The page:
Vladimir Putin Says Mueller Report Is Like 'The Mountain Gave Birth to a Mouse' and 'Complete Nonsense'

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President Donald Trump and Russian President Vladimir Putin attend a joint press conference after a meeting at the Presidential Palace in Helsinki on July 16, 2018. Putin has reiterated his position that his country did not interfere in the 2016 election. BRENDAN SMIALOWSKI/AFP/Getty Images

Russian President Vladimir Putin has dismissed special counsel Robert Mueller's report and investigation, agreeing with President Donald Trump's assessment that the entire probe was "a witch hunt."

"We said from the start that Mr. Mueller's notorious investigation would find no evidence," Putin said Tuesday, The Moscow Times reported. "Therefore, it was clear to us in advance that it would end up as 'The mountain gave birth to a mouse,' as they say."

The Russian leader then reiterated his position that his country did not interfere in the 2016 election, calling the entire Mueller investigation "complete nonsense." He also used a talking point frequently voiced by Trump, blaming the probe on Democrats' unwillingness to accept they had been defeated.

"President Trump knows better than us what a 'witch hunt' is. We know that this is a black page in American history," Putin said. "I don't want [this page] to ever be repeated."

Despite the Russian president's claims, reports from the CIA, FBI, NSA and Director of National Intelligence all confirmed with "high confidence" that Moscow interfered in the 2016 election. U.S. intelligence reports have detailed how Russia acted primarily to influence the election in favor of Trump by disparaging his political opponent former Secretary of State Hillary Clinton.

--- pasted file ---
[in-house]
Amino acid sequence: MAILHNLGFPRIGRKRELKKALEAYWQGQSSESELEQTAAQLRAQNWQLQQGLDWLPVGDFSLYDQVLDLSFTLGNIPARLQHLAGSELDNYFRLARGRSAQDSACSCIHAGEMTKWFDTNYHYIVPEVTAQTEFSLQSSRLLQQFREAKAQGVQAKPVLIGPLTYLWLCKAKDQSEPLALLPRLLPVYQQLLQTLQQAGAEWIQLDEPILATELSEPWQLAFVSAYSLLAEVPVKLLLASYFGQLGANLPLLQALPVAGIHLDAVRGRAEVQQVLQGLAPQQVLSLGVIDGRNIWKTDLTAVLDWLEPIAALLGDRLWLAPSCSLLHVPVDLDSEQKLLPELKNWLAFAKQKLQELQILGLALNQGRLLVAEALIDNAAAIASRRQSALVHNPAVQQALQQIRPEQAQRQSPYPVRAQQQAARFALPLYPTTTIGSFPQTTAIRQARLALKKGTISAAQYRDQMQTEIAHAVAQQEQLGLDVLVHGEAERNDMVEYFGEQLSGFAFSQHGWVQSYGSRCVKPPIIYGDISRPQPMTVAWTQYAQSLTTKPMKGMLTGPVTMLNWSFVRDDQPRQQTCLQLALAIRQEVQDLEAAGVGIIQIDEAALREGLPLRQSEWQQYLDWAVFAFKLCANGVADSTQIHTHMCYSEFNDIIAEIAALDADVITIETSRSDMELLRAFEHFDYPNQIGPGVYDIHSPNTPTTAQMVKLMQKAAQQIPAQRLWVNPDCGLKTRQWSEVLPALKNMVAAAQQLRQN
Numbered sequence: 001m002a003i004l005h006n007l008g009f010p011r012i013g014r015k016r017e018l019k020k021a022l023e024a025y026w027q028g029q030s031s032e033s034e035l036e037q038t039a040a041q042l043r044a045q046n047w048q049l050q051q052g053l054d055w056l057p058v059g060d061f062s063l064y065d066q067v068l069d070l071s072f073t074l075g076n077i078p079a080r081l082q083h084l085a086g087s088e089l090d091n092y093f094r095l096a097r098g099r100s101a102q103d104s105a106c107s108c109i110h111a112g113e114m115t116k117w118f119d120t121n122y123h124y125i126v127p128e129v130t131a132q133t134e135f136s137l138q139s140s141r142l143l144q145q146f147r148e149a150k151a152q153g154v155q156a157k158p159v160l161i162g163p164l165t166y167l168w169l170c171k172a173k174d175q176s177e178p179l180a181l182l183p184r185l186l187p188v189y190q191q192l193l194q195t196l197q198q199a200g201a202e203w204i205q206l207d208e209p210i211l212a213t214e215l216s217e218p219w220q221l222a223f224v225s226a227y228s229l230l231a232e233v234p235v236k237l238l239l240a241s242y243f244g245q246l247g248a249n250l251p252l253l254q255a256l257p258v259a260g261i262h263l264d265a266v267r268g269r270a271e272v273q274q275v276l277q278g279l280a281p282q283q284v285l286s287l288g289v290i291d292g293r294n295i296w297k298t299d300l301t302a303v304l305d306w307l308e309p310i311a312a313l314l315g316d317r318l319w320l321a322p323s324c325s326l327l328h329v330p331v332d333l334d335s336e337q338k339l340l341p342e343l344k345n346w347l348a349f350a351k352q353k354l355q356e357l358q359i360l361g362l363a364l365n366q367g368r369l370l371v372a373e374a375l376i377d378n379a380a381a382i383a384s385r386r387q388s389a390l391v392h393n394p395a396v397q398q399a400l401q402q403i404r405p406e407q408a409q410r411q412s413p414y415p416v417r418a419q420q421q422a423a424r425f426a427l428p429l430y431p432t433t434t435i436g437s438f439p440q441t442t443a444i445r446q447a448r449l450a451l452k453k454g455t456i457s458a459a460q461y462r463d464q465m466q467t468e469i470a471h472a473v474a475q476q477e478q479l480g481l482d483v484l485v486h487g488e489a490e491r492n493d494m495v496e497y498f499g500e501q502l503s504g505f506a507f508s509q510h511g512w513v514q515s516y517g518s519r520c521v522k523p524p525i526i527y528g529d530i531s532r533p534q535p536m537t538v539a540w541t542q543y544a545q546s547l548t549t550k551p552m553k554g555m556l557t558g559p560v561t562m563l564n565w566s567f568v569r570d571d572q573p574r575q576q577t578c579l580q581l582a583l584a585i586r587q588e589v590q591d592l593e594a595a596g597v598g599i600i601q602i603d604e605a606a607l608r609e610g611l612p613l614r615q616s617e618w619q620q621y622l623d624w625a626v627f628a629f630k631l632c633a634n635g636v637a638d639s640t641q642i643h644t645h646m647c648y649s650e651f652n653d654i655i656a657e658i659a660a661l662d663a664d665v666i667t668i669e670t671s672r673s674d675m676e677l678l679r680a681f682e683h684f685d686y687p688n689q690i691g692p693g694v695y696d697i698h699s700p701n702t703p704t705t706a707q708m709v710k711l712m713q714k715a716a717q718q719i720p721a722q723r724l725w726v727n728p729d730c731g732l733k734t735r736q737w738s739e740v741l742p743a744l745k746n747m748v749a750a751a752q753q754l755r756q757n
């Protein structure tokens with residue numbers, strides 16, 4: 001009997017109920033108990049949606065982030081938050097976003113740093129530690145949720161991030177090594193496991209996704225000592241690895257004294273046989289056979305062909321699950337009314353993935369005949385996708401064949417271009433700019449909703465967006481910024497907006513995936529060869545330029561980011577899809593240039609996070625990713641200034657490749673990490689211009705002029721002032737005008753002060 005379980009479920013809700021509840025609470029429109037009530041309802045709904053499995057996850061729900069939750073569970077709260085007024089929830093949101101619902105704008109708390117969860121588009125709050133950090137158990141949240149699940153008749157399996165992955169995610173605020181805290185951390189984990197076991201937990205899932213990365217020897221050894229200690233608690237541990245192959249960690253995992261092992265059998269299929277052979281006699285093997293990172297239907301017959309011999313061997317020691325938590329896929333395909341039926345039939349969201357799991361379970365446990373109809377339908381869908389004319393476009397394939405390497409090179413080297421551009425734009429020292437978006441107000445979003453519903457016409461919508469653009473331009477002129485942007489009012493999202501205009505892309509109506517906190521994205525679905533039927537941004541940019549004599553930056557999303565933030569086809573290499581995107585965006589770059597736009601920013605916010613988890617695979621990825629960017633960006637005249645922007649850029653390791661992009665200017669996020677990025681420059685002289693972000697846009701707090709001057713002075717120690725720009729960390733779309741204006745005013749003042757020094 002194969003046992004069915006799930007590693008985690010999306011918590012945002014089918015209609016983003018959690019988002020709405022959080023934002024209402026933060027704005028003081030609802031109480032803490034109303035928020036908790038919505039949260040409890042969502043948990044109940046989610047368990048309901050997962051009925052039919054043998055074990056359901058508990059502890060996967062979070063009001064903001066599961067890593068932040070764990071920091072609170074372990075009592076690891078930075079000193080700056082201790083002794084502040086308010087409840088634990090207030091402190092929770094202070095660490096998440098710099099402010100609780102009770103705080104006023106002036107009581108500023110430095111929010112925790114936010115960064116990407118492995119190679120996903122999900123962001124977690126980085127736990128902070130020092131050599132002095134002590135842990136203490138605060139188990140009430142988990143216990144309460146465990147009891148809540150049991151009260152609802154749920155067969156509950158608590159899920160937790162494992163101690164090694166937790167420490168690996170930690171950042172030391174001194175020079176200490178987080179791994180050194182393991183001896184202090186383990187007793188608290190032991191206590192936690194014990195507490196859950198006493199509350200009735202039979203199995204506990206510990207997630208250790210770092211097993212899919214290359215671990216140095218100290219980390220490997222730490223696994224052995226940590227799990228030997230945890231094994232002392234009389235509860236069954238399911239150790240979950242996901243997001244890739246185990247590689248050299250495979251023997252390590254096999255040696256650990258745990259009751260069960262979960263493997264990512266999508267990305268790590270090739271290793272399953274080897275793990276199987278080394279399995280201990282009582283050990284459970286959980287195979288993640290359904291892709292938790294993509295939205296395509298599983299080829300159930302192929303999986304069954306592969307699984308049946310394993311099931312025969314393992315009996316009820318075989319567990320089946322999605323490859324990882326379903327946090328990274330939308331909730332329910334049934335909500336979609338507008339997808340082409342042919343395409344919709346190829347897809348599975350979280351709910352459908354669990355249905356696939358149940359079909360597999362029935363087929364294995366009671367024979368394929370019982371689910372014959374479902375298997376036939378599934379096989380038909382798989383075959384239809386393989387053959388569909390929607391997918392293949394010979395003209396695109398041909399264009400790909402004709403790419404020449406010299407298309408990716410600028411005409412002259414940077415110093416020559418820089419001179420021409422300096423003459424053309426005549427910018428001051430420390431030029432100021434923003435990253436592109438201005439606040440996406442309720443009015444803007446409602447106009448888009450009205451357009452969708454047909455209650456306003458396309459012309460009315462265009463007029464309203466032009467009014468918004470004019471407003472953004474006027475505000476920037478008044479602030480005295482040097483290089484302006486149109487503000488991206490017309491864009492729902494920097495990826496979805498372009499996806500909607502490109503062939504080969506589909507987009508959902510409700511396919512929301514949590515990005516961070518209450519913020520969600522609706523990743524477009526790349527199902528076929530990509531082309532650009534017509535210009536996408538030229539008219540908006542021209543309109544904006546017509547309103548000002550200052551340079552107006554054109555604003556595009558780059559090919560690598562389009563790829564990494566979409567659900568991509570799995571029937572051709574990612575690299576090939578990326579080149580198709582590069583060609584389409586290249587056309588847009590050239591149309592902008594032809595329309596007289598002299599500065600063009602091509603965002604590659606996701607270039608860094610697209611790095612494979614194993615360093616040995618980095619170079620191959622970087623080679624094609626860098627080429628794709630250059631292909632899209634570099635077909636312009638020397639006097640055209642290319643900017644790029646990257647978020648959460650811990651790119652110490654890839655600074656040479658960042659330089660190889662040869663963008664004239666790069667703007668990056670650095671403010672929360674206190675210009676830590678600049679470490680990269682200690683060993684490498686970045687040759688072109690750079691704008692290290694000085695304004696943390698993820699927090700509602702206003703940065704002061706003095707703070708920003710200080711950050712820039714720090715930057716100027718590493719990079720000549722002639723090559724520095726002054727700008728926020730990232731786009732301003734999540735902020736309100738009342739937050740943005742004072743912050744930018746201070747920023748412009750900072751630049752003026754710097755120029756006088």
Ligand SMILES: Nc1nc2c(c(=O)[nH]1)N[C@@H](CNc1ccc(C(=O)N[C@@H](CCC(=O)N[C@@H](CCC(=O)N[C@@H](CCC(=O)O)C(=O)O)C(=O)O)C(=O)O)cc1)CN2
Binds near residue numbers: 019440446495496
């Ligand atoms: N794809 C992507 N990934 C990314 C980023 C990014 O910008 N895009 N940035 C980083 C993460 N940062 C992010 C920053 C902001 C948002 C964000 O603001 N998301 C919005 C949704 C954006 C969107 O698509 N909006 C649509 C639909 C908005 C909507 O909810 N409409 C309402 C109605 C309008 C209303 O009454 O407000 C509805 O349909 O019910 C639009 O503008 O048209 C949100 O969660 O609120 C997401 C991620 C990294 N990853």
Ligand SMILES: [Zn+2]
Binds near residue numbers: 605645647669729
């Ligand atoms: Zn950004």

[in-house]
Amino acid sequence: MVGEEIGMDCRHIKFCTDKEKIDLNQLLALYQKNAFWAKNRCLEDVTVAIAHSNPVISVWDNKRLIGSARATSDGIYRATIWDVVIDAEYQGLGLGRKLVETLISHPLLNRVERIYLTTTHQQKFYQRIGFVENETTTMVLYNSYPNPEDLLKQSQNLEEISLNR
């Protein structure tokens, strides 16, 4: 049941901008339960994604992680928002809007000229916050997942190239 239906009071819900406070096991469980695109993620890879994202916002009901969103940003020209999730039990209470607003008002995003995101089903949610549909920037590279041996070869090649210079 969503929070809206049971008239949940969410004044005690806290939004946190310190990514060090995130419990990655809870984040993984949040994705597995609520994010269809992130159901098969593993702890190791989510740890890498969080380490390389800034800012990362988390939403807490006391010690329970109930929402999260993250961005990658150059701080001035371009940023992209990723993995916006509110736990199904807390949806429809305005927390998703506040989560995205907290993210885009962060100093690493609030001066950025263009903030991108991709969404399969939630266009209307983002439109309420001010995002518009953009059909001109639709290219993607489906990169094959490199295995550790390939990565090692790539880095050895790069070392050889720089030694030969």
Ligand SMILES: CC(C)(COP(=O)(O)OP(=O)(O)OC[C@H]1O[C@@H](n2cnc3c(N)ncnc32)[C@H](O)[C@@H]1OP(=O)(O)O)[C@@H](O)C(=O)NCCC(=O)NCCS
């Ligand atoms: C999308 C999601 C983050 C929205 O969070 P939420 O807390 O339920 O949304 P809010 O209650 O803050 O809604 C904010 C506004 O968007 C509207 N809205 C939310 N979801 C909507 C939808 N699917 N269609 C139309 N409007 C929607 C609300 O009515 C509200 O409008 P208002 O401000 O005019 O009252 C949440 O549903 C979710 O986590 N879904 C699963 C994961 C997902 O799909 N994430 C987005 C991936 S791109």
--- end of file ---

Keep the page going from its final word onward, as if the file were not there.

However, the investigation led by Mueller did not establish that Trump or any member of his team conspired with Russia in these efforts, according to a summary released by Attorney General William Barr. At the same time, it did confirm, as did the intelligence agencies reports, that Russia worked to influence the election.

Although Trump and his supporters have argued that Mueller's report, which was submitted last month, has completely exonerated him, that assessment goes against the very language Mueller used. The report, according to a summary released by Barr, specifically said that, on the subject of obstruction of justice, "while this report does not conclude that the President committed a crime, it also does not exonerate him." A redacted version of the full report will be released to the public within a week, Barr has promised.

Special counsel Robert Mueller arrives at the U.S. Capitol for a closed meeting with members of the Senate Judiciary Committee on June 21, 2017 in Washington, D.C. Alex Wong/Getty Images

Some legal experts have also argued that Mueller's investigation likely found evidence that Trump or his associates had conspired with Russia, just not enough evidence that could lead to an indictment.

"When he [Barr] said in his four-page letter that the government could not establish the existence of a conspiracy—he meant it could not establish it beyond a reasonable doubt," Fox News judicial analyst and former judge Andrew Napolitano said shortly after Barr's summary was made public. "Did they find some evidence of conspiracy? Of course they did! If they didn't, he would have told us," Napolitano asserted.

Although Putin voiced his support for Trump in the Mueller investigation, he declined on Tuesday to say whether he would want him to be re-elected in 2020, according to Reuters. The Russian leader instead pointed to numerous issues of tension that have escalated between Moscow and Washington since Trump became president.